Sun | Jun 24, 2018

Massive support for 'Bob Andy Unplugged'

Published:Monday | October 31, 2011 | 12:00 AM
Bob Andy performing at Bob Andy Unplugged at the Karl Hendrickson Auditorium, Jamaica College, on Friday Night. - Ricardo Makyn/Staff Photographer
Ainsley Walters, Gleaner Writer

The Lord shall count, when he writeth up the people, that this man was born there. Selah. As well the singers as the players on instruments shall be there: all my springs are in thee.

Psalm 87:6-7.

EMCEE Elaine Wint fittingly captured the spirit inside the Karl Hendrickson Auditorium. Thanking the scores of artistes, singers and players of instruments who turned out for Friday night's 'Bob Andy Unplugged', she declared: "Not one of them charged a dollar to be here, from you said the name Bob Andy!"

Wint was preaching to the converted. Each of the 29 acts billed performed in reverence of the great songwriter, who sat at the front of the audience as his compositions were delivered in varying genres and styles.

From Della Manley and Myrna Hague's bluesy, jazzy vocals on You Don't Know and Honey, respectively, to Mutabaruka's dub, a medley of four songs including Feeling Soul and My Time, on which he boldly stated, "I deserve the right to live like any other man," the night was all about celebrating Bob Andy's life and musical genius.

It was his 67th birthday and the all-seats-taken auditorium at Jamaica College, Hope Road, St Andrew, teemed not only with the who's who of the local music industry on hand to celebrate with him, but Jamaicans from every walk of life, all equally touched upon learning of his recovery from "an emergency life-saving operation".

Entertained by a band which celebrated drummer Desi Jones called 'a mixture of musicians', the crowd in and outside the auditorium - a big-screen provided for those who preferred the outdoor lounge setting - appreciatively applauded the early performances before the tempo upped.

Trumpeter/vocalist Dwight Richards' powerful rendition, vocally and instrumentally, of My Time, set the stage for the man of the night who made his first appearance, dressed in full white.

Bob Andy chose the song Friends, from his 1983 album of the same name, to show his appreciation for the outpouring of love and support for the concert from which proceeds will go towards his present and future medical bills.

Against the script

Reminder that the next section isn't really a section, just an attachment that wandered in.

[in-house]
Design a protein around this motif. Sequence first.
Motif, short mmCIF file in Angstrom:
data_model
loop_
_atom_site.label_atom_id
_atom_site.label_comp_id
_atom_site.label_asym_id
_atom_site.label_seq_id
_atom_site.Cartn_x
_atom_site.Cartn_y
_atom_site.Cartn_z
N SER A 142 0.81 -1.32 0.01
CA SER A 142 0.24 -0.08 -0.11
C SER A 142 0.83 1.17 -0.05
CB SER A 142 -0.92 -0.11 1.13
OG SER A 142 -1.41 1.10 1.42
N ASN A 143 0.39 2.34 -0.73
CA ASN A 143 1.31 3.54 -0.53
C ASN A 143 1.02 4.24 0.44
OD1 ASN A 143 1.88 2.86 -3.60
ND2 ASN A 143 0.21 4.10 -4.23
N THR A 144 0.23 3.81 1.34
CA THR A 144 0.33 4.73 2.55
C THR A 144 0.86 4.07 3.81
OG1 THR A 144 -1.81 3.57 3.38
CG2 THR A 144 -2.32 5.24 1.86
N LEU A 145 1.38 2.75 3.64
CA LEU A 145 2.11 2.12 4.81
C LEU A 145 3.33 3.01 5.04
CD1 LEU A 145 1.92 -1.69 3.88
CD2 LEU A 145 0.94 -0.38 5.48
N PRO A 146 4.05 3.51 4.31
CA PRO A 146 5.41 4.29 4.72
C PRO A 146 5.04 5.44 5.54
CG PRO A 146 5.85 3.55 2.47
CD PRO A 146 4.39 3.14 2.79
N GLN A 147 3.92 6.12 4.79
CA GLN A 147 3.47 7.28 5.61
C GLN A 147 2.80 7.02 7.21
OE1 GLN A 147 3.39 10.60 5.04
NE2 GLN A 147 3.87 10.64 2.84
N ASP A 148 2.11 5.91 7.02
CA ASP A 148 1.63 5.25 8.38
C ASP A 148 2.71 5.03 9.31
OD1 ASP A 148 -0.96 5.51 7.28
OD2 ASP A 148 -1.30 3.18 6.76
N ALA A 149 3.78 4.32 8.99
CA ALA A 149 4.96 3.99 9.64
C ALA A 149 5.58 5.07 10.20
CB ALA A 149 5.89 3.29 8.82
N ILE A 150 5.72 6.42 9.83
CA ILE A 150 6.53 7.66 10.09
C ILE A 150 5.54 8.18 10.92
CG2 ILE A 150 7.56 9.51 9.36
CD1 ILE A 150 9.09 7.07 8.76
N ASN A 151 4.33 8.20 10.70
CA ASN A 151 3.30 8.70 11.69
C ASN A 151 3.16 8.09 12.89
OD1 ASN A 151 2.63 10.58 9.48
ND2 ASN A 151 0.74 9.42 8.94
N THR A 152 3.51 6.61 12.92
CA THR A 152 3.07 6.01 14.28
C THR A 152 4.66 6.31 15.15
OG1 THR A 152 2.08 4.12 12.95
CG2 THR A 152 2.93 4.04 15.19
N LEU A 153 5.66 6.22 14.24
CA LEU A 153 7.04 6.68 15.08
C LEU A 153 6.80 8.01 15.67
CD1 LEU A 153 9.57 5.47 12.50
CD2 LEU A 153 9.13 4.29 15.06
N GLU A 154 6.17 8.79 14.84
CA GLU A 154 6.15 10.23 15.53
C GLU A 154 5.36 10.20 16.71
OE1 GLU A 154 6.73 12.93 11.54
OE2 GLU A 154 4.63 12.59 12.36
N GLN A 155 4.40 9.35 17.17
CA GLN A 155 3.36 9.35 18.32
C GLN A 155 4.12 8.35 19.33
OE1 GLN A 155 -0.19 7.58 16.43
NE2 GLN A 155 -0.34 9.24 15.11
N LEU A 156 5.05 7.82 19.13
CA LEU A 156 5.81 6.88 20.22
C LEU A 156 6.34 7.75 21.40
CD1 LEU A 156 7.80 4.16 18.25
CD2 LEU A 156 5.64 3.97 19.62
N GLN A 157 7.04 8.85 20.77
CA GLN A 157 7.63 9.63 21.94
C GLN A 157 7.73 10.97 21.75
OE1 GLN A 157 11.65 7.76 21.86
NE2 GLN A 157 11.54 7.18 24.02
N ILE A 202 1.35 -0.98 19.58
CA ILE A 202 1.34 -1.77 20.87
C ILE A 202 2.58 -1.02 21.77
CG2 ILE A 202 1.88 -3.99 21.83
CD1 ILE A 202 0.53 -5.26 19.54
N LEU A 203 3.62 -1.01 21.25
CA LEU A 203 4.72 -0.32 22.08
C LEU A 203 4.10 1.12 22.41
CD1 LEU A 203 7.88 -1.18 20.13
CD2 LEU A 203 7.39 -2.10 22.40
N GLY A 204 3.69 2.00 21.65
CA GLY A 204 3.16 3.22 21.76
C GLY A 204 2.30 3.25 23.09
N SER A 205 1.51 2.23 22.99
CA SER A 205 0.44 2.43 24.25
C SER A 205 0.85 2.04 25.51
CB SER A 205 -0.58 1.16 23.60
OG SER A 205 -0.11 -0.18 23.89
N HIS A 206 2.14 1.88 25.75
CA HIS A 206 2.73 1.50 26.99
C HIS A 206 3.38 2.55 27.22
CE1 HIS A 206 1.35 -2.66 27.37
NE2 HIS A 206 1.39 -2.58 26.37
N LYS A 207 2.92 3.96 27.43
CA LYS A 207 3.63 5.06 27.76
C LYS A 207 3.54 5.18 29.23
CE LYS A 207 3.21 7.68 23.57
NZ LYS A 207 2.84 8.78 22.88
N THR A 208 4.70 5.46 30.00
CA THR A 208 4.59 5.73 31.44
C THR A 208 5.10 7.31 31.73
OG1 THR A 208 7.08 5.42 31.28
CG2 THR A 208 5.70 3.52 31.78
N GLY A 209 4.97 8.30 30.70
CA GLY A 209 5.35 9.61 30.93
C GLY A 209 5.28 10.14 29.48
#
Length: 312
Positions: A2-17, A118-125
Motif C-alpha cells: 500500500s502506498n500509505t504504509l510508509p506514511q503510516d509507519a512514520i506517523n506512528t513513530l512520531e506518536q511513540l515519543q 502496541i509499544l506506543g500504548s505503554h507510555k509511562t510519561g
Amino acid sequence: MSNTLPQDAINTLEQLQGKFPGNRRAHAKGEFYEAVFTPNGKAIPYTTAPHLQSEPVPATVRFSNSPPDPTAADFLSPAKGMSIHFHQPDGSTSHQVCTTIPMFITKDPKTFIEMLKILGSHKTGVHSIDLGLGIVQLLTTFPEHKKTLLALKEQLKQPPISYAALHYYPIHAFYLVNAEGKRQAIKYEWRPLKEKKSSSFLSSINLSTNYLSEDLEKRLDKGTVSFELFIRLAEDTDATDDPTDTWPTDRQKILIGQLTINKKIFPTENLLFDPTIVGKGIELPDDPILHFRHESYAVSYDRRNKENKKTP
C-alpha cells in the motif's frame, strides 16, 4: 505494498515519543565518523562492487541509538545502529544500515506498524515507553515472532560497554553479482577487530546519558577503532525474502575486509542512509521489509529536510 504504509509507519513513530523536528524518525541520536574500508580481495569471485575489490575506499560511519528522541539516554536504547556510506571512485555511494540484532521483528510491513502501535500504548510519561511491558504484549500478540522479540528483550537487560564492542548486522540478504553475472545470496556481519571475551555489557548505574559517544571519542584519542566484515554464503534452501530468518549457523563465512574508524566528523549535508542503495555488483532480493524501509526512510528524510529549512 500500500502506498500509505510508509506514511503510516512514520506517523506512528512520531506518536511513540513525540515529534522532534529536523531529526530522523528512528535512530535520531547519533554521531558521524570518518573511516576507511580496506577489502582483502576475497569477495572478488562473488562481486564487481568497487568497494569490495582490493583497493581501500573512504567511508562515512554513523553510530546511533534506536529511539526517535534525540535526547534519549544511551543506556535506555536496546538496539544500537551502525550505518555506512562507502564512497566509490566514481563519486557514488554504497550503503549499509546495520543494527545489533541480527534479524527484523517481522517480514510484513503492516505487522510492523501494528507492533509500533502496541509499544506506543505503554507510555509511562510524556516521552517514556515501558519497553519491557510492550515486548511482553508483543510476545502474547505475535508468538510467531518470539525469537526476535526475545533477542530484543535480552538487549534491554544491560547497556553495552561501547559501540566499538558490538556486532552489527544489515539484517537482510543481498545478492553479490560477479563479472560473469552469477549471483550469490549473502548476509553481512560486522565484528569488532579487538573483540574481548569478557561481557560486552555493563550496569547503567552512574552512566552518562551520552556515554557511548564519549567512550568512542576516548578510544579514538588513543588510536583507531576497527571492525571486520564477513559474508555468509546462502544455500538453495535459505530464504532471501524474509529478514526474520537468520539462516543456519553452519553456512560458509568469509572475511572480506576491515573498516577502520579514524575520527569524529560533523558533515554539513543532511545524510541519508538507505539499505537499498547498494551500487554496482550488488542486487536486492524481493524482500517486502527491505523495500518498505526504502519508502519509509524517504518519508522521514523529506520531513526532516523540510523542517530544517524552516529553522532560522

Before singing Friends for a second time, Bob Andy, whose hundreds of songs have been covered by more than 60 artistes locally and internationally, departed from the tight schedule, saying he had to "talk to mi people", as he briefly addressed his bout with illness.

"I know I am going against the script but yu know I like to talk. Give mi a chance mek mi talk to mi people," he pleaded with the stage managers.

Bob Andy was admitted to hospital in April, suffering from internal bleeding. After being under observation for a week, there was no sign of recovery; he was instead getting sicker, prompting surgery.

During surgery, it was discovered that he had a torn oesophagus, the tube which carries food, liquids and saliva from the mouth to the stomach. This required a procedure known as a thoracotomy, an incision into the chest.

A major surgical manoeuvre, a thoracotomy is considered one of the hardest surgical incisions to deal with post-operation, because it is extremely painful and the pain can prevent the patient from breathing effectively.

"It's like coming back from the dead," Bob Andy said, reflecting on his illness. "I still have problems composing myself. I've been blessed. This could've been my funeral, it's a celebration."

Looking around at the audience, he made a profound statement which must have tugged at the heartstrings of the event's organisers, the Bob Andy Song Foundation and Friends of Bob Andy.

"I have a very good memory," he said, before pausing and adding, "and I can't recall a happier day in my life."

In addition to covering the prolific songwriter's medical expenses, the Bob Andy Song Foundation also has as its mission 'to progressively impact the development of Jamaica's musical heritage, and promote music and the performing arts among the youth, young adults and children in Jamaica, in particular those resident in the inner city'.